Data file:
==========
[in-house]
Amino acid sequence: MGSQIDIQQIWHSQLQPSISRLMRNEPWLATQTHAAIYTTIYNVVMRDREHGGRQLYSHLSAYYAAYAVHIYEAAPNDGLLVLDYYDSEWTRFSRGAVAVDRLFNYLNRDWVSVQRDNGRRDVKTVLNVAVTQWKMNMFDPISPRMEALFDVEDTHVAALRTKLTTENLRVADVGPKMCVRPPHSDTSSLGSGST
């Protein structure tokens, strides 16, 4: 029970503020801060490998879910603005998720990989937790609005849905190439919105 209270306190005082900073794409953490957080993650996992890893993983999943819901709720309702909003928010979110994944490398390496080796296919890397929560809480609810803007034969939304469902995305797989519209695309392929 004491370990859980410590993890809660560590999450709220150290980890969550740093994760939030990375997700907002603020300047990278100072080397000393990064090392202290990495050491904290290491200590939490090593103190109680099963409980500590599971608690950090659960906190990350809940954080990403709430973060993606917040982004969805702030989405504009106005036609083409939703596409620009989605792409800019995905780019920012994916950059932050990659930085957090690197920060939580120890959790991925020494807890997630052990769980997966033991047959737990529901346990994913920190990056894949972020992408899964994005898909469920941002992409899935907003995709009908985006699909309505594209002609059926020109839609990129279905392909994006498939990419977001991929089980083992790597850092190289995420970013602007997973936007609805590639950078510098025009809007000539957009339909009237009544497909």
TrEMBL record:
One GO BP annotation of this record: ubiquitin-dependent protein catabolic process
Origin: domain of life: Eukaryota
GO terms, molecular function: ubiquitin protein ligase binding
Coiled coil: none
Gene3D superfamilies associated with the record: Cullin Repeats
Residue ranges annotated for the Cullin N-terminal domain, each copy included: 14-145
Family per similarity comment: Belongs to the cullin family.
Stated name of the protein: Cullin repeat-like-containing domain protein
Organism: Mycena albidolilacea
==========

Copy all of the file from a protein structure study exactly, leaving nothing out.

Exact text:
[in-house]
Amino acid sequence: MGSQIDIQQIWHSQLQPSISRLMRNEPWLATQTHAAIYTTIYNVVMRDREHGGRQLYSHLSAYYAAYAVHIYEAAPNDGLLVLDYYDSEWTRFSRGAVAVDRLFNYLNRDWVSVQRDNGRRDVKTVLNVAVTQWKMNMFDPISPRMEALFDVEDTHVAALRTKLTTENLRVADVGPKMCVRPPHSDTSSLGSGST
């Protein structure tokens, strides 16, 4: 029970503020801060490998879910603005998720990989937790609005849905190439919105 209270306190005082900073794409953490957080993650996992890893993983999943819901709720309702909003928010979110994944490398390496080796296919890397929560809480609810803007034969939304469902995305797989519209695309392929 004491370990859980410590993890809660560590999450709220150290980890969550740093994760939030990375997700907002603020300047990278100072080397000393990064090392202290990495050491904290290491200590939490090593103190109680099963409980500590599971608690950090659960906190990350809940954080990403709430973060993606917040982004969805702030989405504009106005036609083409939703596409620009989605792409800019995905780019920012994916950059932050990659930085957090690197920060939580120890959790991925020494807890997630052990769980997966033991047959737990529901346990994913920190990056894949972020992408899964994005898909469920941002992409899935907003995709009908985006699909309505594209002609059926020109839609990129279905392909994006498939990419977001991929089980083992790597850092190289995420970013602007997973936007609805590639950078510098025009809007000539957009339909009237009544497909």
TrEMBL record:
One GO BP annotation of this record: ubiquitin-dependent protein catabolic process
Origin: domain of life: Eukaryota
GO terms, molecular function: ubiquitin protein ligase binding
Coiled coil: none
Gene3D superfamilies associated with the record: Cullin Repeats
Residue ranges annotated for the Cullin N-terminal domain, each copy included: 14-145
Family per similarity comment: Belongs to the cullin family.
Stated name of the protein: Cullin repeat-like-containing domain protein
Organism: Mycena albidolilacea